While mom always said don’t play with your food, clearly food-artist Jennifer Rubell wasn’t listening. Her interactive, not to mention delicious, installations take the concept of food-inspired-art and turn it on its head.
A far cry from the traditional still-life of centuries past, Rubell’s creations wink at classic works but spawn an atmosphere all their own. Sometimes taking cues from such renowned artists as Andy Warhol and Marcel Duchamp, Rubell re-imagines these compositions with food instead of oil and canvas.
For last year’s Brooklyn Museum gala, High Style, Rubell turned dinner into a work of art itself, letting guests consume both with their eyes and with their mouths. The Bruce Nauman-inspired Hanging Heads were not made of wax but delicious cheese that melted sporadically onto an architectural bed of crackers underneath while the larger-than-life pia±ata head of Warhol, modeled after his 1986 work, Self-Portrait, was filled with candies and pink balloons for the guests’ amusement and appetites.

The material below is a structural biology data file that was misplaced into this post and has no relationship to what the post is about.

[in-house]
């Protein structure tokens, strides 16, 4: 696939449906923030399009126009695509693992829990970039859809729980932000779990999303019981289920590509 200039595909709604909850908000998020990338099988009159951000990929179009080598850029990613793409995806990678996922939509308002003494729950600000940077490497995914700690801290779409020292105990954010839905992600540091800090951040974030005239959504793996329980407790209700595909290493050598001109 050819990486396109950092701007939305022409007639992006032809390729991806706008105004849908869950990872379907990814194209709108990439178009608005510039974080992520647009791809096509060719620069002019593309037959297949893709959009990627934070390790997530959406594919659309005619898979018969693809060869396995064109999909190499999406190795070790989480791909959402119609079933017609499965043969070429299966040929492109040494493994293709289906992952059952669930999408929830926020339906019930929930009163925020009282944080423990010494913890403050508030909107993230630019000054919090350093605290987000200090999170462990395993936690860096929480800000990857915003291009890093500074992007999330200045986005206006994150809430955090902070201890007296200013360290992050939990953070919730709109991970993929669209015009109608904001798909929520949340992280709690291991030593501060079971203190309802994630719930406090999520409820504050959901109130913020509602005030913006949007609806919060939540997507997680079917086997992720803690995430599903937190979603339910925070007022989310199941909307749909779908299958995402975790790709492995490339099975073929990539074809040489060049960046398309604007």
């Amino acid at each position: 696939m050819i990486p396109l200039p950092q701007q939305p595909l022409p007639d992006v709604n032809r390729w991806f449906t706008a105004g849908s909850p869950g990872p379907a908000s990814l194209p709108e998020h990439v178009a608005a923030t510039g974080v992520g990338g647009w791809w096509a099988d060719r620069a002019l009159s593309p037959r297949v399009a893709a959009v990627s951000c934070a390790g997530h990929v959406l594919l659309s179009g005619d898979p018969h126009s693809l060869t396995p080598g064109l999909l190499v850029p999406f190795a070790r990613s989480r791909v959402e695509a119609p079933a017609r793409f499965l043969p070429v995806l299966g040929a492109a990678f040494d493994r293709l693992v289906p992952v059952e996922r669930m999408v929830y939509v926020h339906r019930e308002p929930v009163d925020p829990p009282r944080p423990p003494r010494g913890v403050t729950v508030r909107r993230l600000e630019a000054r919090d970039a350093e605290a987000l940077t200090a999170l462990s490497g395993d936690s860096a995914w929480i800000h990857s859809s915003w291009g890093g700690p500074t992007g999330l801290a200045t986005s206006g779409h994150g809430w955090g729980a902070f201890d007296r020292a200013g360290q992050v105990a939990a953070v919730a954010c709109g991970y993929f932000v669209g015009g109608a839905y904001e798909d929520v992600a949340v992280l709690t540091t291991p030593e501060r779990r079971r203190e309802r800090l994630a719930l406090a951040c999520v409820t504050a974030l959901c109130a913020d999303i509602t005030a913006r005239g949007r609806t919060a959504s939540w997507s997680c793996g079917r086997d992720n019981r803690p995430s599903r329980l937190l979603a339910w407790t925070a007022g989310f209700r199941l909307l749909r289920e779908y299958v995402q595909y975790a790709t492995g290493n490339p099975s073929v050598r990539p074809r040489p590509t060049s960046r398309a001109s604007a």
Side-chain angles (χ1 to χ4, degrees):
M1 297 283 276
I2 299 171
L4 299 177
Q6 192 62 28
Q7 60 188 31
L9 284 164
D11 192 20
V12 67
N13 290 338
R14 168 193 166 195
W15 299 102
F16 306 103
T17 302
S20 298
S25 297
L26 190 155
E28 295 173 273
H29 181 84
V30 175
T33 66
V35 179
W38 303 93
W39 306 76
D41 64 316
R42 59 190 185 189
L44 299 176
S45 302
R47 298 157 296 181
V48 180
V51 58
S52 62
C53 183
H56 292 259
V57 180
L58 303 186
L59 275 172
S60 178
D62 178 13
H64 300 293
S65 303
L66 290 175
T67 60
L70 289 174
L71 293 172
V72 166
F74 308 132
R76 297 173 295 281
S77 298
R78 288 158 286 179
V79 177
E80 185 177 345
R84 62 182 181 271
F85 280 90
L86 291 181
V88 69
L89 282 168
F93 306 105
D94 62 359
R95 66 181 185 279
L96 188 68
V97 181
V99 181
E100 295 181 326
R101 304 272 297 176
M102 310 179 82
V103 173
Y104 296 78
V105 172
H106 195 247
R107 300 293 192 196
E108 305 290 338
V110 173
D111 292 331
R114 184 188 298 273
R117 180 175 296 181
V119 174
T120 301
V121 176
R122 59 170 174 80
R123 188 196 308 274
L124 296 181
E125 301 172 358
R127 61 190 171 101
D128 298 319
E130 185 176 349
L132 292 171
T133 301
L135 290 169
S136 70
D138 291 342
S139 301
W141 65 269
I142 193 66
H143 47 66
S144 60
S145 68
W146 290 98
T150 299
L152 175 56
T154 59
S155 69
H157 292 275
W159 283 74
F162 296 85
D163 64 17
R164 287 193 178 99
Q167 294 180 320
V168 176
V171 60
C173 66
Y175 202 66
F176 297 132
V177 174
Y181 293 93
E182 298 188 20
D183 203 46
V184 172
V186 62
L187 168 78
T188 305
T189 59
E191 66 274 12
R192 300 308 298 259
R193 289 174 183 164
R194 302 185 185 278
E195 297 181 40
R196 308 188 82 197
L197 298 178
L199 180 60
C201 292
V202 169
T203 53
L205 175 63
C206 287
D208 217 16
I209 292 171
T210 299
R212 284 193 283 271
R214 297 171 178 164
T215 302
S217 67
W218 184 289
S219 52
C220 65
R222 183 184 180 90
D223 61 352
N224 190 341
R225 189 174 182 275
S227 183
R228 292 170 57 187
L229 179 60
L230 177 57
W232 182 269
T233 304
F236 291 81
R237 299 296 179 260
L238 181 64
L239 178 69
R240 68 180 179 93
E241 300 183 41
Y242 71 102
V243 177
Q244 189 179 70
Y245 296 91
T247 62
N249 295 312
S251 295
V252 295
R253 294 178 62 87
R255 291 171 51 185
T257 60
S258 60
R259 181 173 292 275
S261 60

More recently seen as the “vegetable butcher” at Mario Batali’s emporium Eataly, Rubell cut, carved and cubed the produce into wildly colorful salads and simple slaws that shoppers could sample before purchasing. Her masterful hand and eye for whimsy easily shines through even in these simple dishes, brining art to the people and people to the food.
Photo: 16 Miles of String